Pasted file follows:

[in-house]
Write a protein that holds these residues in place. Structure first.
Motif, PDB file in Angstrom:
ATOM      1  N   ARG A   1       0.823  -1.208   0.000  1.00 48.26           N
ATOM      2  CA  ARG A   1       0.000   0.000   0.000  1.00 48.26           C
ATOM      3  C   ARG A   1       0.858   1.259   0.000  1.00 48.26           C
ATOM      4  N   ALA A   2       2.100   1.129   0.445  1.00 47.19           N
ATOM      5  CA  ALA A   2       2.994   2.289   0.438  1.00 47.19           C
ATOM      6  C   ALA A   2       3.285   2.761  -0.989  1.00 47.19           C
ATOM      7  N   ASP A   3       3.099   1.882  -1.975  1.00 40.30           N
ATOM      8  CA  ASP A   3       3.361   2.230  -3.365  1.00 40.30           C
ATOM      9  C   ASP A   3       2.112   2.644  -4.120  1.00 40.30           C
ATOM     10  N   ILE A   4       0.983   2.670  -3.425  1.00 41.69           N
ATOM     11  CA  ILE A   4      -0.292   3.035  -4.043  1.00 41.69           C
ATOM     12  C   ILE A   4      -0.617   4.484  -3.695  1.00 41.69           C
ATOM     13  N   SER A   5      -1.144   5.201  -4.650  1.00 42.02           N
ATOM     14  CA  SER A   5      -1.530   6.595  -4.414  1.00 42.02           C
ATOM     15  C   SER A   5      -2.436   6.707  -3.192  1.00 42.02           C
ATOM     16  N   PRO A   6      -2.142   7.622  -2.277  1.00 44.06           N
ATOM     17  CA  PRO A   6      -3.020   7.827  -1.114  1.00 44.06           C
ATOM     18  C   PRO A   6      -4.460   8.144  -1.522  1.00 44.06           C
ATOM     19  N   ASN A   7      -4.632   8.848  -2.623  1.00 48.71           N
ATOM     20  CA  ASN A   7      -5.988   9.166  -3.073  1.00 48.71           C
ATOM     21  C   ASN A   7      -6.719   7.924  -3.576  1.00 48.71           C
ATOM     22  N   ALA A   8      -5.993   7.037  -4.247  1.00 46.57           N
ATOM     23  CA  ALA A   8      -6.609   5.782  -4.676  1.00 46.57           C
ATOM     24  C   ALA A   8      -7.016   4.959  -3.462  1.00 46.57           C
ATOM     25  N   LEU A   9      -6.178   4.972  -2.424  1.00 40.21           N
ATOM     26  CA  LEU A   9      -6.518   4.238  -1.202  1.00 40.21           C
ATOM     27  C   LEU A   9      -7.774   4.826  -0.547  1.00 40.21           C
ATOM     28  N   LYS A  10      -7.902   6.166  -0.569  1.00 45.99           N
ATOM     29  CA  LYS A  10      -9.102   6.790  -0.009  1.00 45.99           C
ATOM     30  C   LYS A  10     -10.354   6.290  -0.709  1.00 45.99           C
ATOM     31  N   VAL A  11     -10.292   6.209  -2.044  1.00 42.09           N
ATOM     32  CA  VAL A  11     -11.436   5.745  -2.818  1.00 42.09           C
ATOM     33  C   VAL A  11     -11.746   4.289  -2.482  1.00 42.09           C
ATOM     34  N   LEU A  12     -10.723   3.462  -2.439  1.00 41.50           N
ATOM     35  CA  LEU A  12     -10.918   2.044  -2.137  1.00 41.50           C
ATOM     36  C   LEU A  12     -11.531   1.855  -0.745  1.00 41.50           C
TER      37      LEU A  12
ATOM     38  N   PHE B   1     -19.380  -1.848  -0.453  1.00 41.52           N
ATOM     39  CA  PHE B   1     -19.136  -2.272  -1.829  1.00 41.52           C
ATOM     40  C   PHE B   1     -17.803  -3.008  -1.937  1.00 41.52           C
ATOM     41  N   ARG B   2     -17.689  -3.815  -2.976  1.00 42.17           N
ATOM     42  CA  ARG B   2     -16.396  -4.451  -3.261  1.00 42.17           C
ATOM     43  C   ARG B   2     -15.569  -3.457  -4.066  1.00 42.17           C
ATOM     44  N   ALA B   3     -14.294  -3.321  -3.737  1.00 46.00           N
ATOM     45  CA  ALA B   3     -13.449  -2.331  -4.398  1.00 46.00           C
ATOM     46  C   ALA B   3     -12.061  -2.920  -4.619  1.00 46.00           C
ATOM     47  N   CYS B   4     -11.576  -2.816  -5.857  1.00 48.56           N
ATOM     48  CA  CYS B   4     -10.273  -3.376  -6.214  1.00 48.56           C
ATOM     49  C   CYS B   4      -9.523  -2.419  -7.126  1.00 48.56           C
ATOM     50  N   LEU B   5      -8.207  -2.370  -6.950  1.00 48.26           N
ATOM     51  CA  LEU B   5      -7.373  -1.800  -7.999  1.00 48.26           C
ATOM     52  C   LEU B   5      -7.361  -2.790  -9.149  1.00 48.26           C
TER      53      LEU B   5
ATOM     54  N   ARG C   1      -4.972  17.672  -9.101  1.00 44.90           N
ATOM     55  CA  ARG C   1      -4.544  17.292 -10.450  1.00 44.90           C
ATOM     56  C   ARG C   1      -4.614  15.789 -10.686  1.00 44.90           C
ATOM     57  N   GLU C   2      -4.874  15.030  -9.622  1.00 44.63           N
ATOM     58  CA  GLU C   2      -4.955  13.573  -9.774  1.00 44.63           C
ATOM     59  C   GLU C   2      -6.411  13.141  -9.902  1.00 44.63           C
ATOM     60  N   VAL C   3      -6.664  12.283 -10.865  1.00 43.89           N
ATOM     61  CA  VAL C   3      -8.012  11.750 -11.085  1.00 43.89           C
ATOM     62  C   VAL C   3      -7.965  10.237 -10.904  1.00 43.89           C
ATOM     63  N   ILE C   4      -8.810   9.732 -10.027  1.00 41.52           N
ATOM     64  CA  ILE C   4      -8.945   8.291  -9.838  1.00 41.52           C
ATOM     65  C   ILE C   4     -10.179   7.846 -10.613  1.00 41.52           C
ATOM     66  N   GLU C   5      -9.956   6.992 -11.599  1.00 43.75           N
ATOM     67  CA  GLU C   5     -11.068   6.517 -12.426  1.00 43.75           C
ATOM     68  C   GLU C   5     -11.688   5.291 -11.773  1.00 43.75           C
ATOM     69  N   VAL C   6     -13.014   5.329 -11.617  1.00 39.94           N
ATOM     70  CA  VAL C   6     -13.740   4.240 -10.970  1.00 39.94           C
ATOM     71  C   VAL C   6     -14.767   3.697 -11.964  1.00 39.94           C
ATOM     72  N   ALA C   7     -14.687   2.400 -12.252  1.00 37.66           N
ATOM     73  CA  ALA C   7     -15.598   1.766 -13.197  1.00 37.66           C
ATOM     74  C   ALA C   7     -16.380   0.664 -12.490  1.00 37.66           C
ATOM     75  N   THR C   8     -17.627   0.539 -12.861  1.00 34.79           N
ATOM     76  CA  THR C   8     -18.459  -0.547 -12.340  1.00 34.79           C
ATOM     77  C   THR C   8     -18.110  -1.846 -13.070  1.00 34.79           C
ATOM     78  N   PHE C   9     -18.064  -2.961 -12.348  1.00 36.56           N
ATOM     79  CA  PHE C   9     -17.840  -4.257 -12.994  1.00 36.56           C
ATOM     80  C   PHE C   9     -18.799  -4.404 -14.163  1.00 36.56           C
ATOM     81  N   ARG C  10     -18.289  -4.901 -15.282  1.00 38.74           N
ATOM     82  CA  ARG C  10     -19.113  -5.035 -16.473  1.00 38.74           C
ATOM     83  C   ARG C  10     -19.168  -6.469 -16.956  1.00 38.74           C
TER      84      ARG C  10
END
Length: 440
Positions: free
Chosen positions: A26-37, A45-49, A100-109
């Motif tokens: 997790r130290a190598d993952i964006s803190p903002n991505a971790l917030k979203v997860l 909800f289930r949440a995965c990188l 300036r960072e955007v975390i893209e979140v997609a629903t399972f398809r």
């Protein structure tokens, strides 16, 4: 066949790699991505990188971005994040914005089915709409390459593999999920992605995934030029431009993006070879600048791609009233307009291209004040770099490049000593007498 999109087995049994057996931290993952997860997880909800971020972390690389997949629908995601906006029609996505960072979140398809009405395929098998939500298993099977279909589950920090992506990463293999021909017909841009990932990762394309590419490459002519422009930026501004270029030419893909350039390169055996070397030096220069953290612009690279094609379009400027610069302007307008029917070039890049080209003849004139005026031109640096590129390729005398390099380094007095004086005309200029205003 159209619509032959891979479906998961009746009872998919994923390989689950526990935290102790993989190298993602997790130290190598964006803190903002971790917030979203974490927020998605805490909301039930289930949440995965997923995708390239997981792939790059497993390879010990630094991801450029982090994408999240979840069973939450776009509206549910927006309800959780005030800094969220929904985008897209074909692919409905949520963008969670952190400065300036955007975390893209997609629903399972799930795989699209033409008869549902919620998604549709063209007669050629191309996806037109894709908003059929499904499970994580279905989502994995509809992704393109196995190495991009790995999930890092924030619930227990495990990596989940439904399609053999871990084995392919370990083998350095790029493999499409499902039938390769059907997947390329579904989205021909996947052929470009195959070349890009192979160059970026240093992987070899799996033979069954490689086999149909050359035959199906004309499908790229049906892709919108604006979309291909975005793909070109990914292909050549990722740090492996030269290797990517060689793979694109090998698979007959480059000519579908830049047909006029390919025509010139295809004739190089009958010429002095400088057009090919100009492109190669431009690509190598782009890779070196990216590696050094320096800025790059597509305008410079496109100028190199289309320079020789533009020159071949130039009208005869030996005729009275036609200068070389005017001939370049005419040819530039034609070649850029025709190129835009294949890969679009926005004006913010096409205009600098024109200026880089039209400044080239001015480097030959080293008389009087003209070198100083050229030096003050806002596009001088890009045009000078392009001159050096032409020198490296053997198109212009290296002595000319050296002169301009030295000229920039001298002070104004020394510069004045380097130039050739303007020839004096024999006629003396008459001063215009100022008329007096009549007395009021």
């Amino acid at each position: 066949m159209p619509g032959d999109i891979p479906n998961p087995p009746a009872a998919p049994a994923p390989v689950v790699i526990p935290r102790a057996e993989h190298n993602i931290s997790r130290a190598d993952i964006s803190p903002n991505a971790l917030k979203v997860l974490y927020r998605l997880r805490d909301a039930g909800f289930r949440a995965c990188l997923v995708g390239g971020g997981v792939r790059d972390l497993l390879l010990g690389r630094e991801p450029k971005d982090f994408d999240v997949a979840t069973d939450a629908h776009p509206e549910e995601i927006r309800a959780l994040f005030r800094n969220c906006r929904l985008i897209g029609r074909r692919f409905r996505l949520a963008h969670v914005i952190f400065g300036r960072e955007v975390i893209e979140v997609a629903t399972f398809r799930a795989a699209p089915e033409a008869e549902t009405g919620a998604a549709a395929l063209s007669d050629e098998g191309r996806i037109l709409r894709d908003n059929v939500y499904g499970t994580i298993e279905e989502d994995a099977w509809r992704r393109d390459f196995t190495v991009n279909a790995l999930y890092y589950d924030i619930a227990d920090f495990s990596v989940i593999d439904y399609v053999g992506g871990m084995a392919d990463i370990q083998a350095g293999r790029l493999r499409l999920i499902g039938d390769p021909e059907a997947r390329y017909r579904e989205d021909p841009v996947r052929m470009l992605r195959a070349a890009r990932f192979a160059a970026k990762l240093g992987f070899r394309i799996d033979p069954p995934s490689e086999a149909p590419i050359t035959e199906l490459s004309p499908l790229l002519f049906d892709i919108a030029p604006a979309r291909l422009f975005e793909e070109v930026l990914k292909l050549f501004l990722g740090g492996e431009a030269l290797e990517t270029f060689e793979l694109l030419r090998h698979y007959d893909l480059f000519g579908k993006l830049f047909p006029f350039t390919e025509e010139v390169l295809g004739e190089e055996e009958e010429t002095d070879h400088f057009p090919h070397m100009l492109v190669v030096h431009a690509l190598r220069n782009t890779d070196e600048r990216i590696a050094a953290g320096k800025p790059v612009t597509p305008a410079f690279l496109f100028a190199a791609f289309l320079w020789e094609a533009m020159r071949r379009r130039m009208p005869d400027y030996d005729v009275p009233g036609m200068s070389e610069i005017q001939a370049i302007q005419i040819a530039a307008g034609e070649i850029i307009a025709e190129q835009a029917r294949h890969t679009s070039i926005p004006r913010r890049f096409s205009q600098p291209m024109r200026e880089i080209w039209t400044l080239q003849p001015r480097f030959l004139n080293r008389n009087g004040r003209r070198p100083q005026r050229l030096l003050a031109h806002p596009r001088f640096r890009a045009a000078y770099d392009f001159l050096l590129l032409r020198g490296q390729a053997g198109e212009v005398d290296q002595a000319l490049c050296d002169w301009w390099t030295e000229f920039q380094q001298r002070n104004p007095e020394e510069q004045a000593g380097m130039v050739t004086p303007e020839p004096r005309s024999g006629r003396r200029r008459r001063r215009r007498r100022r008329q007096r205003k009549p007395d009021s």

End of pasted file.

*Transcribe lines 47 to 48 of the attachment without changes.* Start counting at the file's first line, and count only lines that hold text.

ATOM     44  N   ALA B   3     -14.294  -3.321  -3.737  1.00 46.00           N
ATOM     45  CA  ALA B   3     -13.449  -2.331  -4.398  1.00 46.00           C